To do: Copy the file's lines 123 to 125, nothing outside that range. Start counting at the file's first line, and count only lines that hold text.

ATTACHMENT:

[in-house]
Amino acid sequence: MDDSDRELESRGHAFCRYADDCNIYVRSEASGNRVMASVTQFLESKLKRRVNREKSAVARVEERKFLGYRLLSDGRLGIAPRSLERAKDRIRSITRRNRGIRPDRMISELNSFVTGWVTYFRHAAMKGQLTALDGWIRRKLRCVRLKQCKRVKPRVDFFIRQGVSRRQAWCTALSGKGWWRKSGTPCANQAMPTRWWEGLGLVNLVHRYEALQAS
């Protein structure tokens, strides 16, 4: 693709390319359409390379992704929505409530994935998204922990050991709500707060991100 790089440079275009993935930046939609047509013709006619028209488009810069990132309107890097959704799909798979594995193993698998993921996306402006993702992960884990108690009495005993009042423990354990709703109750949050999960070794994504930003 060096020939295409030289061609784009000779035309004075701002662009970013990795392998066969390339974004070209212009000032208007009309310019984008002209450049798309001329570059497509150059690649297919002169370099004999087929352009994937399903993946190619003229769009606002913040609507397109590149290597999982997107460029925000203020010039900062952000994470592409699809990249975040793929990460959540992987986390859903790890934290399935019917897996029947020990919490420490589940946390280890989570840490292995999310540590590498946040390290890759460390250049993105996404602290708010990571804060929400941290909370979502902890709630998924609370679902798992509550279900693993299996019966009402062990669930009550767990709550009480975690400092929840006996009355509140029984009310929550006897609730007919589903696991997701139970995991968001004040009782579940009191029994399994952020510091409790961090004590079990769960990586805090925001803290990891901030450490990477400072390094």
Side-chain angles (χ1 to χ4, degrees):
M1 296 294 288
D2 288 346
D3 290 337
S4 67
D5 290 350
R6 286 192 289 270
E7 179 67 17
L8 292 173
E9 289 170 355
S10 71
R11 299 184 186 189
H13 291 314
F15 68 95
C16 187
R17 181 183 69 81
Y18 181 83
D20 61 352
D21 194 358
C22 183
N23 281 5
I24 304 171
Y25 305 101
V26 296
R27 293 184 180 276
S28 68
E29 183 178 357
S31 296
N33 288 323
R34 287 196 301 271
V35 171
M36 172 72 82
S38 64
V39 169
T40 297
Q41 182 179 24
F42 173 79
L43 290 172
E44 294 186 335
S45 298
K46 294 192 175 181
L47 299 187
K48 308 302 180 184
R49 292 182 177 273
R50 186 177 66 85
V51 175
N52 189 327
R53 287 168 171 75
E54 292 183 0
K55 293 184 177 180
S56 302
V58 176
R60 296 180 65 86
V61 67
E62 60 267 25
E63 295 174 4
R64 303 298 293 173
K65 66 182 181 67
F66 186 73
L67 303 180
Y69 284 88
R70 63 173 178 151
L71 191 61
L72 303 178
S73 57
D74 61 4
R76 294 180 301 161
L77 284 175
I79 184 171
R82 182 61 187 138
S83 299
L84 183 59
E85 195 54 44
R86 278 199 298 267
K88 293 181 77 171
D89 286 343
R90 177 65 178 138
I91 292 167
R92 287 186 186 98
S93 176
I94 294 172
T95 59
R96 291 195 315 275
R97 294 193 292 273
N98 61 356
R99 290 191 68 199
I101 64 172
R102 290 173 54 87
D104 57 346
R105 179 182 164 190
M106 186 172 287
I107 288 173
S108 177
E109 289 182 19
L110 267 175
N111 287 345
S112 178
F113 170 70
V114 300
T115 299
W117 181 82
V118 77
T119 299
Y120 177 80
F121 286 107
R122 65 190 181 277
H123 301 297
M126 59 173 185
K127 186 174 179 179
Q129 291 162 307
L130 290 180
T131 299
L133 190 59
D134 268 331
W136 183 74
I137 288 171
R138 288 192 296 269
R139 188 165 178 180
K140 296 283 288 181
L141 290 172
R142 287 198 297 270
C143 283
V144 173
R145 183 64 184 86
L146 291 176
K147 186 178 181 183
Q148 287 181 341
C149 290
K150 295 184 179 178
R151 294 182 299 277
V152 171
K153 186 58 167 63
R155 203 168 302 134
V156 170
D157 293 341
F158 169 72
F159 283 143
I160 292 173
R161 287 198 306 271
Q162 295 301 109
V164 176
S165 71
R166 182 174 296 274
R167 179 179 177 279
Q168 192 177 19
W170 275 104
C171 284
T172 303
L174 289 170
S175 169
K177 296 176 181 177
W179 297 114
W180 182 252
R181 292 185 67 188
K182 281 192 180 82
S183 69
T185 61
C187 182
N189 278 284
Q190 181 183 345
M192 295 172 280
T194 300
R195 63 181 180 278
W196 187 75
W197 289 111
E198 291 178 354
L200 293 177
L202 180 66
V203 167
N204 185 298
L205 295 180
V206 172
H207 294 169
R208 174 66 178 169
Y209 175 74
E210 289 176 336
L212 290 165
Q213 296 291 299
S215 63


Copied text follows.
L141 290 172
R142 287 198 297 270
C143 283